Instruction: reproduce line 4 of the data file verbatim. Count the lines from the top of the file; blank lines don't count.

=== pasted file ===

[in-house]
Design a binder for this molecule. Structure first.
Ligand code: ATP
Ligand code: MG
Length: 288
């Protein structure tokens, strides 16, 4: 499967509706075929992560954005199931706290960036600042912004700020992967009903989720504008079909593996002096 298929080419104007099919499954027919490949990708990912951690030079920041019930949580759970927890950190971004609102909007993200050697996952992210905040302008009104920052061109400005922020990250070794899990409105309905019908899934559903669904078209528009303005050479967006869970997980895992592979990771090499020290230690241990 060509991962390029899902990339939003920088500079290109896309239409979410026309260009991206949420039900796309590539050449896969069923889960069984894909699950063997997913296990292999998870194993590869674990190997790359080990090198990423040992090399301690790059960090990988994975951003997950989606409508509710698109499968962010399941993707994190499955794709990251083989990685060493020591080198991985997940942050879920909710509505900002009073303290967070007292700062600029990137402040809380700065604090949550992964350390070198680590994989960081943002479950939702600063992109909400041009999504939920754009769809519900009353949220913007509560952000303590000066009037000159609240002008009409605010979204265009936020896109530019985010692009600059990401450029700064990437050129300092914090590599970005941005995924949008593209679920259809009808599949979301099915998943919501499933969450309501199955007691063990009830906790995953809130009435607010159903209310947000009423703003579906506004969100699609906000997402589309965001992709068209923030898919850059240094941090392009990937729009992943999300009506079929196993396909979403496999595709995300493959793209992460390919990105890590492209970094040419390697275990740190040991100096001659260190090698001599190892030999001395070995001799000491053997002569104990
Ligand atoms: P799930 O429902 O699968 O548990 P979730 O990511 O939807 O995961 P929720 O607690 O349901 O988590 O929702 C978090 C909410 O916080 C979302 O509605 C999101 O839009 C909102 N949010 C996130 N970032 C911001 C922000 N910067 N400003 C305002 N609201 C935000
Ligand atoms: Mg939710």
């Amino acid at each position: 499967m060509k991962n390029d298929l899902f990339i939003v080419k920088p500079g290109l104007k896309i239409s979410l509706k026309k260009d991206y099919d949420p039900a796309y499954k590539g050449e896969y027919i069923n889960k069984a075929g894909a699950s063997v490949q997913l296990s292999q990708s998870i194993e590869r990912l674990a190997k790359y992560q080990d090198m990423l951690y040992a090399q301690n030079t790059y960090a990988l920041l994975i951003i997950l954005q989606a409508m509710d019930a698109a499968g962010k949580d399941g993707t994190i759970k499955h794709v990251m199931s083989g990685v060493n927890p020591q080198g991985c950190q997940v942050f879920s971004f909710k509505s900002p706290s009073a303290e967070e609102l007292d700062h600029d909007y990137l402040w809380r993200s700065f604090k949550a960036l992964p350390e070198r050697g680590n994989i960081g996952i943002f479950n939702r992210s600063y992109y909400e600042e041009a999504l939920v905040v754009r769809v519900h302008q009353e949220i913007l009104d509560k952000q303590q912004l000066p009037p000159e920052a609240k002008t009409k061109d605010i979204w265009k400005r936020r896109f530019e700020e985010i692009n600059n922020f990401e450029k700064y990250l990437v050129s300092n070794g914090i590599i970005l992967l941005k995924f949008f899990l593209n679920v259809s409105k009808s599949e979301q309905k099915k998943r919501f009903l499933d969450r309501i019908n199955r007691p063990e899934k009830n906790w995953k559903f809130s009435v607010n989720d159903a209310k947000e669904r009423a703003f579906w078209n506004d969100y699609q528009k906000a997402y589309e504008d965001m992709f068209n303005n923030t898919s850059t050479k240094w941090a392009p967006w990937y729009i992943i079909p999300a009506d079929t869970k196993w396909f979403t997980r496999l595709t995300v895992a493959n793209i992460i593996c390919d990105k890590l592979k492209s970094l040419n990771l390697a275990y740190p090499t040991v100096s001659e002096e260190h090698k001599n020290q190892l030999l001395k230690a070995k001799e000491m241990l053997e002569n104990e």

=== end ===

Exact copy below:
Ligand code: MG